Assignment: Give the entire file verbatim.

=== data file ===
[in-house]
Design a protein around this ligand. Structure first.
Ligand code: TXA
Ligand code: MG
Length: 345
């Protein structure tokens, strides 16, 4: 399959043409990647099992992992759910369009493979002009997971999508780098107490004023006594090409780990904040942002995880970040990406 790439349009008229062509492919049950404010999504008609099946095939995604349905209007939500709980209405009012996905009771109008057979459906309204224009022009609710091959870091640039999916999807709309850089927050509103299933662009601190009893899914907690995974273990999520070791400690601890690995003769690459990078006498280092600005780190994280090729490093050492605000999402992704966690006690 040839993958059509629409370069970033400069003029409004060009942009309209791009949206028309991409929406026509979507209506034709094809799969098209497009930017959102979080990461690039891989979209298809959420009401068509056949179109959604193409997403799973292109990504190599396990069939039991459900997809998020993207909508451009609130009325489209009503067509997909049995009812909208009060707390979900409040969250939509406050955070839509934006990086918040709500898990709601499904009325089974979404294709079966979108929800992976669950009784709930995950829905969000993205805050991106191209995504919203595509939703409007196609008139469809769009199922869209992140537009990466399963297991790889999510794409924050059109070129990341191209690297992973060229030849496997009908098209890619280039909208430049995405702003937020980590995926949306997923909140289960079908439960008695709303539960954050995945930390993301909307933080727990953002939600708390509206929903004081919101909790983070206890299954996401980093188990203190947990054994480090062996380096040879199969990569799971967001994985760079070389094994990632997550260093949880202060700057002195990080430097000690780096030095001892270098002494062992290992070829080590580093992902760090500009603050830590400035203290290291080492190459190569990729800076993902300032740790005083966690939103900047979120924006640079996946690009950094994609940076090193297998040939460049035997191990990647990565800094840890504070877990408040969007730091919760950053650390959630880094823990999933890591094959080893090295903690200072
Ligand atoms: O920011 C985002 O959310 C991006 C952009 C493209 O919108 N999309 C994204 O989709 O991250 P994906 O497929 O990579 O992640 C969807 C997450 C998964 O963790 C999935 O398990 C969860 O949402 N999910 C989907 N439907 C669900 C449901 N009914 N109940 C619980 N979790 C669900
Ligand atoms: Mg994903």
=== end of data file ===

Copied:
[in-house]
Design a protein around this ligand. Structure first.
Ligand code: TXA
Ligand code: MG
Length: 345
């Protein structure tokens, strides 16, 4: 399959043409990647099992992992759910369009493979002009997971999508780098107490004023006594090409780990904040942002995880970040990406 790439349009008229062509492919049950404010999504008609099946095939995604349905209007939500709980209405009012996905009771109008057979459906309204224009022009609710091959870091640039999916999807709309850089927050509103299933662009601190009893899914907690995974273990999520070791400690601890690995003769690459990078006498280092600005780190994280090729490093050492605000999402992704966690006690 040839993958059509629409370069970033400069003029409004060009942009309209791009949206028309991409929406026509979507209506034709094809799969098209497009930017959102979080990461690039891989979209298809959420009401068509056949179109959604193409997403799973292109990504190599396990069939039991459900997809998020993207909508451009609130009325489209009503067509997909049995009812909208009060707390979900409040969250939509406050955070839509934006990086918040709500898990709601499904009325089974979404294709079966979108929800992976669950009784709930995950829905969000993205805050991106191209995504919203595509939703409007196609008139469809769009199922869209992140537009990466399963297991790889999510794409924050059109070129990341191209690297992973060229030849496997009908098209890619280039909208430049995405702003937020980590995926949306997923909140289960079908439960008695709303539960954050995945930390993301909307933080727990953002939600708390509206929903004081919101909790983070206890299954996401980093188990203190947990054994480090062996380096040879199969990569799971967001994985760079070389094994990632997550260093949880202060700057002195990080430097000690780096030095001892270098002494062992290992070829080590580093992902760090500009603050830590400035203290290291080492190459190569990729800076993902300032740790005083966690939103900047979120924006640079996946690009950094994609940076090193297998040939460049035997191990990647990565800094840890504070877990408040969007730091919760950053650390959630880094823990999933890591094959080893090295903690200072
Ligand atoms: O920011 C985002 O959310 C991006 C952009 C493209 O919108 N999309 C994204 O989709 O991250 P994906 O497929 O990579 O992640 C969807 C997450 C998964 O963790 C999935 O398990 C969860 O949402 N999910 C989907 N439907 C669900 C449901 N009914 N109940 C619980 N979790 C669900
Ligand atoms: Mg994903």